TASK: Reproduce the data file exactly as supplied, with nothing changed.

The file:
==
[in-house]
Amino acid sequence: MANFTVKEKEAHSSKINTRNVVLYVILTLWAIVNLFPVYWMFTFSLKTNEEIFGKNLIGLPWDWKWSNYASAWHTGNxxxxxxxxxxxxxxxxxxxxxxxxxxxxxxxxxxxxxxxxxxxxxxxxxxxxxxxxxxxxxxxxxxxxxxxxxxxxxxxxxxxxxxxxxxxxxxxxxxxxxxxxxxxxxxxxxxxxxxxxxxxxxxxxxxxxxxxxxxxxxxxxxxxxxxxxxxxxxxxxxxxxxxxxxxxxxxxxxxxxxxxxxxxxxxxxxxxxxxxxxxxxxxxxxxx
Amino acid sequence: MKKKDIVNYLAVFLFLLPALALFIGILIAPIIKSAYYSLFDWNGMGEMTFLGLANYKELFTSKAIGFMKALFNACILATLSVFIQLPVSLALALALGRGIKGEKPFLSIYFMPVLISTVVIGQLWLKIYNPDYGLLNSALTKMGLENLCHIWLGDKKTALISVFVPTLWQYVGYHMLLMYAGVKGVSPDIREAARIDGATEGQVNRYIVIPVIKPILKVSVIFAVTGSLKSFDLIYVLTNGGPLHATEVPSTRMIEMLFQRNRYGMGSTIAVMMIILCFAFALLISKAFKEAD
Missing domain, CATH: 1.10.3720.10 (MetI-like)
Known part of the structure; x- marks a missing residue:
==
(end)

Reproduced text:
[in-house]
Amino acid sequence: MANFTVKEKEAHSSKINTRNVVLYVILTLWAIVNLFPVYWMFTFSLKTNEEIFGKNLIGLPWDWKWSNYASAWHTGNxxxxxxxxxxxxxxxxxxxxxxxxxxxxxxxxxxxxxxxxxxxxxxxxxxxxxxxxxxxxxxxxxxxxxxxxxxxxxxxxxxxxxxxxxxxxxxxxxxxxxxxxxxxxxxxxxxxxxxxxxxxxxxxxxxxxxxxxxxxxxxxxxxxxxxxxxxxxxxxxxxxxxxxxxxxxxxxxxxxxxxxxxxxxxxxxxxxxxxxxxxxxxxxxxxx
Amino acid sequence: MKKKDIVNYLAVFLFLLPALALFIGILIAPIIKSAYYSLFDWNGMGEMTFLGLANYKELFTSKAIGFMKALFNACILATLSVFIQLPVSLALALALGRGIKGEKPFLSIYFMPVLISTVVIGQLWLKIYNPDYGLLNSALTKMGLENLCHIWLGDKKTALISVFVPTLWQYVGYHMLLMYAGVKGVSPDIREAARIDGATEGQVNRYIVIPVIKPILKVSVIFAVTGSLKSFDLIYVLTNGGPLHATEVPSTRMIEMLFQRNRYGMGSTIAVMMIILCFAFALLISKAFKEAD
Missing domain, CATH: 1.10.3720.10 (MetI-like)
Known part of the structure; x- marks a missing residue: